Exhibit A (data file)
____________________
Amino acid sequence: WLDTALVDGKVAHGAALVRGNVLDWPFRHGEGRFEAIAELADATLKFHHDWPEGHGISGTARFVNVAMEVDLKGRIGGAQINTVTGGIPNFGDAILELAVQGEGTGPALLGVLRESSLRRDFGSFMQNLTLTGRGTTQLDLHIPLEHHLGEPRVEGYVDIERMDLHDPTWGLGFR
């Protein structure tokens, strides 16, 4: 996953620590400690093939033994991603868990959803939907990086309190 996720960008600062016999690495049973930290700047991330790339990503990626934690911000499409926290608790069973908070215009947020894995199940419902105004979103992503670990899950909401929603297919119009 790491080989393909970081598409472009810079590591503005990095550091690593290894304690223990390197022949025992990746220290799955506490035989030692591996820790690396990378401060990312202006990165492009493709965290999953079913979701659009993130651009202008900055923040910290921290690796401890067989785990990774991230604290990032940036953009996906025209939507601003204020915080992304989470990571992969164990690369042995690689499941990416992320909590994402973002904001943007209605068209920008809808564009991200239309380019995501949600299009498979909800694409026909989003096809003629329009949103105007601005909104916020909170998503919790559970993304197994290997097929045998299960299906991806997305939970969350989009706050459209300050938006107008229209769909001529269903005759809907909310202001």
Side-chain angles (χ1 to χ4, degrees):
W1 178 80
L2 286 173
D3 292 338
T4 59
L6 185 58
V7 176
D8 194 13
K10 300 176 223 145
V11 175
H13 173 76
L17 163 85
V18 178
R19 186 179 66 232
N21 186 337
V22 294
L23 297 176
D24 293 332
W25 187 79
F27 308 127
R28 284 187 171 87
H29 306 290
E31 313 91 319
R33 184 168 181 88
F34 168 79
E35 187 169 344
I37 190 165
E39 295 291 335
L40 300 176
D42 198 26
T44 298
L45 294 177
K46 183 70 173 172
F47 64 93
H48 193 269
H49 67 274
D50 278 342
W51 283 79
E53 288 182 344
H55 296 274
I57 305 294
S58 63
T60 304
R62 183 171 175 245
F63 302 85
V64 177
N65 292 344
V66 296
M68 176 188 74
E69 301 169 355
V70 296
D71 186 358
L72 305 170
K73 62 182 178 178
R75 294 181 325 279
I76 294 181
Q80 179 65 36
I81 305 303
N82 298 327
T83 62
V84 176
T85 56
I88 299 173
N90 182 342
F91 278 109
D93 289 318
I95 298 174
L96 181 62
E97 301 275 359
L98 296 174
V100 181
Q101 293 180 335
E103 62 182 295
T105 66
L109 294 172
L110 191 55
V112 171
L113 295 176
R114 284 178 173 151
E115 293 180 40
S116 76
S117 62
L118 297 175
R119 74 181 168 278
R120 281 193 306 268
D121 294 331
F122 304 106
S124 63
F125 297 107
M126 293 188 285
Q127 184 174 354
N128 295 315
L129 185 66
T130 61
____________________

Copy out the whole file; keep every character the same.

Amino acid sequence: WLDTALVDGKVAHGAALVRGNVLDWPFRHGEGRFEAIAELADATLKFHHDWPEGHGISGTARFVNVAMEVDLKGRIGGAQINTVTGGIPNFGDAILELAVQGEGTGPALLGVLRESSLRRDFGSFMQNLTLTGRGTTQLDLHIPLEHHLGEPRVEGYVDIERMDLHDPTWGLGFR
């Protein structure tokens, strides 16, 4: 996953620590400690093939033994991603868990959803939907990086309190 996720960008600062016999690495049973930290700047991330790339990503990626934690911000499409926290608790069973908070215009947020894995199940419902105004979103992503670990899950909401929603297919119009 790491080989393909970081598409472009810079590591503005990095550091690593290894304690223990390197022949025992990746220290799955506490035989030692591996820790690396990378401060990312202006990165492009493709965290999953079913979701659009993130651009202008900055923040910290921290690796401890067989785990990774991230604290990032940036953009996906025209939507601003204020915080992304989470990571992969164990690369042995690689499941990416992320909590994402973002904001943007209605068209920008809808564009991200239309380019995501949600299009498979909800694409026909989003096809003629329009949103105007601005909104916020909170998503919790559970993304197994290997097929045998299960299906991806997305939970969350989009706050459209300050938006107008229209769909001529269903005759809907909310202001």
Side-chain angles (χ1 to χ4, degrees):
W1 178 80
L2 286 173
D3 292 338
T4 59
L6 185 58
V7 176
D8 194 13
K10 300 176 223 145
V11 175
H13 173 76
L17 163 85
V18 178
R19 186 179 66 232
N21 186 337
V22 294
L23 297 176
D24 293 332
W25 187 79
F27 308 127
R28 284 187 171 87
H29 306 290
E31 313 91 319
R33 184 168 181 88
F34 168 79
E35 187 169 344
I37 190 165
E39 295 291 335
L40 300 176
D42 198 26
T44 298
L45 294 177
K46 183 70 173 172
F47 64 93
H48 193 269
H49 67 274
D50 278 342
W51 283 79
E53 288 182 344
H55 296 274
I57 305 294
S58 63
T60 304
R62 183 171 175 245
F63 302 85
V64 177
N65 292 344
V66 296
M68 176 188 74
E69 301 169 355
V70 296
D71 186 358
L72 305 170
K73 62 182 178 178
R75 294 181 325 279
I76 294 181
Q80 179 65 36
I81 305 303
N82 298 327
T83 62
V84 176
T85 56
I88 299 173
N90 182 342
F91 278 109
D93 289 318
I95 298 174
L96 181 62
E97 301 275 359
L98 296 174
V100 181
Q101 293 180 335
E103 62 182 295
T105 66
L109 294 172
L110 191 55
V112 171
L113 295 176
R114 284 178 173 151
E115 293 180 40
S116 76
S117 62
L118 297 175
R119 74 181 168 278
R120 281 193 306 268
D121 294 331
F122 304 106
S124 63
F125 297 107
M126 293 188 285
Q127 184 174 354
N128 295 315
L129 185 66
T130 61